Woman, 31, Gets 39 1/2 Years In Shooting -- Judge Gives Sentence After Hearing Pleas For Mercy

A 31-year-old mother of three - despite her own emotional pleas

and the passionate pleas for mercy from her attorney, pastor and friends - was sentenced in King County Superior Court to 39 1/2 years in prison for shooting her former boyfriend last summer.

Andrea Altheimer was convicted in December of first-degree attempted murder, first-degree assault, second-degree assault, unlawful imprisonment and second-degree unlawful possession of a firearm, all in connection with the June 15 shooting. She will be eligible for parole after serving about 27 years.

The standard sentencing range for the crimes she committed is from 39 years and five months to 48 years and three months.

Altheimer had been offered a plea agreement of 15 years. But she opted to go to trial instead.

"I still do not have the answers" to why the incident happened, Altheimer told the judge yesterday as she sobbed inside the courtroom. But "at no time did I intend for David (Lamothe) to end up scarred, mentally and physically."

Throughout the trial, Altheimer's attorney, Lori Gustavson, maintained that the shooting was an accident. Yesterday, she pleaded to King County Superior Court Judge Harriett Cody to sentence her client to 10 years in prison - not almost 40.

"I expect judges to have a sense of what is appropriate and what is not," Gustavson said. "I know, your honor, that in your heart you cannot believe a 40-year-sentence is appropriate.

"It's in the law that you can be a wise judge, and you can be a fair judge. Your discretion and wisdom would not be overturned. Forty years is just too much. And it is incomprehensible. Wisdom would not throw her (Altheimer) away."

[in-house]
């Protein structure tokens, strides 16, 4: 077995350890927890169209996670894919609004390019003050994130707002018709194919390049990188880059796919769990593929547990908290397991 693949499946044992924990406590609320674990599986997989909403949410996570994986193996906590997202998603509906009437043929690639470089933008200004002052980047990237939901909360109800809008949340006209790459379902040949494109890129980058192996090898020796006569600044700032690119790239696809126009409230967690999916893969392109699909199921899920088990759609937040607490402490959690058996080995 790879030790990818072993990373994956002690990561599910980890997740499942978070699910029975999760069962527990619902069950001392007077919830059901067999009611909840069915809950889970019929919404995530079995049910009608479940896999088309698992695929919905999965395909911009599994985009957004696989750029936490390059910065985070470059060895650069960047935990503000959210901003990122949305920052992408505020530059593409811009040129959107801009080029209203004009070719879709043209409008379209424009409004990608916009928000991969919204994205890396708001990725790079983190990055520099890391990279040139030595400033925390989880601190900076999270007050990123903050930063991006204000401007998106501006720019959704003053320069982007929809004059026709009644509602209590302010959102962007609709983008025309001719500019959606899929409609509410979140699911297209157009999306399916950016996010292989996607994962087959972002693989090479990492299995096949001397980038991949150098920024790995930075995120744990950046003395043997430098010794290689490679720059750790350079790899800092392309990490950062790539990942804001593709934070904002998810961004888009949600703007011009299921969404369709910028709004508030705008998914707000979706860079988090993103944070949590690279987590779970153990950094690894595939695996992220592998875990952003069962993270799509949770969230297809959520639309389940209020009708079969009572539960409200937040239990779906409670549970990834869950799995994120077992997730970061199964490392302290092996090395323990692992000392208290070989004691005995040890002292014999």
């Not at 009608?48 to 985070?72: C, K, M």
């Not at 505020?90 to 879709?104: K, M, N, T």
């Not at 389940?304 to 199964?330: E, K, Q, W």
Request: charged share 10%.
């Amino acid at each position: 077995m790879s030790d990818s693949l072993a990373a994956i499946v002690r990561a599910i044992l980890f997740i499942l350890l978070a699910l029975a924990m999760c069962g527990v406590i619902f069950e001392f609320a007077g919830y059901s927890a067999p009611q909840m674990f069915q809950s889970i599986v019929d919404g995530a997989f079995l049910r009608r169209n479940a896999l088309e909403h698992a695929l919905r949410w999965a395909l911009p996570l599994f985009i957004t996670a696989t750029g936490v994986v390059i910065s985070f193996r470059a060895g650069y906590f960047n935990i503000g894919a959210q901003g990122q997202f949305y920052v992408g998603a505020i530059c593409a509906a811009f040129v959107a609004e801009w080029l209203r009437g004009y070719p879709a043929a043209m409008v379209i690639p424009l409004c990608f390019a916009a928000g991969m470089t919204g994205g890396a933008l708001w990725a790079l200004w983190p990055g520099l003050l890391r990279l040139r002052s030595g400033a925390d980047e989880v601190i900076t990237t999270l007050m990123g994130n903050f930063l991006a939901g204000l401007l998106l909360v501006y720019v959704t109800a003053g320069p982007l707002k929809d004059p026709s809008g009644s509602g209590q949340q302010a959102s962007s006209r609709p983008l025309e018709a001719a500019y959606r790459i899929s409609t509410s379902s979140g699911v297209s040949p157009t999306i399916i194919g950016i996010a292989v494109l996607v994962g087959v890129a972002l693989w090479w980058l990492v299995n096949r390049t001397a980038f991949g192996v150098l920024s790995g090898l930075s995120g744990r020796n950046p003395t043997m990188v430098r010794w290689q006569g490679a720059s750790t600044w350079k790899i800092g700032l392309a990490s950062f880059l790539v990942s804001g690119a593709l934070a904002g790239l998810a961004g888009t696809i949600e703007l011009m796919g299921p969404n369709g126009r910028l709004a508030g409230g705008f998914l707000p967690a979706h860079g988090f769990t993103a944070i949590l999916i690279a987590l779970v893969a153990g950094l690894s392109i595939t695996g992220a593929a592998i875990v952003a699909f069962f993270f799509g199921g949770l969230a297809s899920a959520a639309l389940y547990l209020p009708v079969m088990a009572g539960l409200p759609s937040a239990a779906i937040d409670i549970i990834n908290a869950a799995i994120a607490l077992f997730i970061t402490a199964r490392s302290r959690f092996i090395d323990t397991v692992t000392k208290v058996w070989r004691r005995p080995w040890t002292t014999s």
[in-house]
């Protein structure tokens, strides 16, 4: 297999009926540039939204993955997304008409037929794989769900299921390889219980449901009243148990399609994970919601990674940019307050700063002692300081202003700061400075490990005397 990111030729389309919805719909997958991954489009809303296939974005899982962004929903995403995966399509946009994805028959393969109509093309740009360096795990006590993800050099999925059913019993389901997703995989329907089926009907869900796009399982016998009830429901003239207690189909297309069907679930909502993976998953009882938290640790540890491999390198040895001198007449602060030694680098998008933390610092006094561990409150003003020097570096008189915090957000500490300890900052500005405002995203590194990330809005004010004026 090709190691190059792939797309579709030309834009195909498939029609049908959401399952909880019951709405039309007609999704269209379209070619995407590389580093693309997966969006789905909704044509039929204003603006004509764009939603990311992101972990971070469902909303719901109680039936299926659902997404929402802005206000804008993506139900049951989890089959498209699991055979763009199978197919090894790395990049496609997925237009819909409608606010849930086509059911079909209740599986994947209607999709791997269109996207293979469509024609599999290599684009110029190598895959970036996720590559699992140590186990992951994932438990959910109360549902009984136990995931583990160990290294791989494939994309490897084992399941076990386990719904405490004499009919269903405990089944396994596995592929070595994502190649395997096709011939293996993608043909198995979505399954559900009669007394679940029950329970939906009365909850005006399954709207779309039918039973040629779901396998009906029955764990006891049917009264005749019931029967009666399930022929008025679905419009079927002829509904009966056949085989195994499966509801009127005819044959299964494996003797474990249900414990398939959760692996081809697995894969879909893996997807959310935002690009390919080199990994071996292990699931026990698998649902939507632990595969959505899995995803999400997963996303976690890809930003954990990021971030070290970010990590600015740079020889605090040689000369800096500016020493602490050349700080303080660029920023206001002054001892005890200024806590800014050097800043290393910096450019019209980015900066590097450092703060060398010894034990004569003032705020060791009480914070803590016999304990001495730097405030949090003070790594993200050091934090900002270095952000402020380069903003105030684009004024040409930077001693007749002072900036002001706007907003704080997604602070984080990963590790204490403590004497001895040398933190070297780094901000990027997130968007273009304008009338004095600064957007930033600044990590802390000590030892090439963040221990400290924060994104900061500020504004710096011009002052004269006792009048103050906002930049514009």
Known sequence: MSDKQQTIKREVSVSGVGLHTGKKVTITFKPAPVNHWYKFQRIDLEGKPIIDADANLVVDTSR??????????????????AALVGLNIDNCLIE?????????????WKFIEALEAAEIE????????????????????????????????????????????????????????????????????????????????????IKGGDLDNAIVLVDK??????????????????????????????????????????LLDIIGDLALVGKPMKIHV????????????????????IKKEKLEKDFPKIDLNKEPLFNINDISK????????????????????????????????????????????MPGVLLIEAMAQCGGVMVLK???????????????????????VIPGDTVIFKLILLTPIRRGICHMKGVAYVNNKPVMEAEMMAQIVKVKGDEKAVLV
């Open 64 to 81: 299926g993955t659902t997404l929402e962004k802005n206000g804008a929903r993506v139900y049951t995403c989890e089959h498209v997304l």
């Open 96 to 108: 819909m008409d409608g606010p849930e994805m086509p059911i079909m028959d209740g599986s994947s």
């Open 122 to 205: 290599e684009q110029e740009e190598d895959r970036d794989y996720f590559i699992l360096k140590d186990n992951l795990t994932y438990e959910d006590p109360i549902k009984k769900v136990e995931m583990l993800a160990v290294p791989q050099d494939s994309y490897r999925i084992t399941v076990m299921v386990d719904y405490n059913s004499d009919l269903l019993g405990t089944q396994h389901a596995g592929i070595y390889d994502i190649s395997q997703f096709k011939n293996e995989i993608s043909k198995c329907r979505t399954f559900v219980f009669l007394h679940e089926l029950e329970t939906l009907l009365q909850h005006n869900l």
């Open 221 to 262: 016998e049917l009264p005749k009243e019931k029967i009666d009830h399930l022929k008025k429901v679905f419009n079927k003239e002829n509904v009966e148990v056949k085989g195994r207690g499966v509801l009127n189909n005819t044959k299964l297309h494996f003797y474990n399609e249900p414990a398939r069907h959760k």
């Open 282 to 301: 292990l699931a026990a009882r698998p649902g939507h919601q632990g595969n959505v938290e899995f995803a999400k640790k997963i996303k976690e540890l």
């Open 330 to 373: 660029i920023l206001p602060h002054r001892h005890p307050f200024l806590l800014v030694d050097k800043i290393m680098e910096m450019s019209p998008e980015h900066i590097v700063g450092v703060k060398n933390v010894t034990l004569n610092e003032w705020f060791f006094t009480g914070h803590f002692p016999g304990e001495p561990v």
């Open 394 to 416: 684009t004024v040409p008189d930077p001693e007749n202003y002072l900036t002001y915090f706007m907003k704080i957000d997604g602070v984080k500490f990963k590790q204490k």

But Cody, who listened attentively to Gustavson and others as they pleaded for leniency and a much lower sentence, said she was limited by the law.

"Judges do not write the law," Cody said. "It is our job to enforce it. My personal decisions about what is fair is not a controlling issue."

Altheimer, of Tukwila, was convicted for shooting Lamothe moments after discovering he was having an affair with her best friend, Antoinette Eaton.

The shooting left Lamothe, 33, with significant hearing loss and a 5-inch scar on his neck.

Prosecutors told jurors during the trial that after Altheimer shot Lamothe - who managed to escape in his car - the defendant chased down Eaton and threatened to kill her. After Eaton begged for her life, Altheimer forced her into a car and drove off with her.

Eaton, 35, was not hurt, but she testified during the trial that she'd been emotionally damaged and her life irreparably altered as a result of the incident.

"I'm just glad that justice was done," Eaton said yesterday.

King County Deputy Prosecutors Cindi Port and Shannon Anderson told jurors during the trial that Altheimer shot Lamothe in a fit of jealous rage in the parking lot of his workplace. Lamothe was sitting in the passenger seat of a car next to Eaton.

Port conceded that "it is a high and harsh sentencing range that the law imposes on Miss Altheimer."

But she added that the punishment was necessary considering the effect Altheimer's actions had on the victims.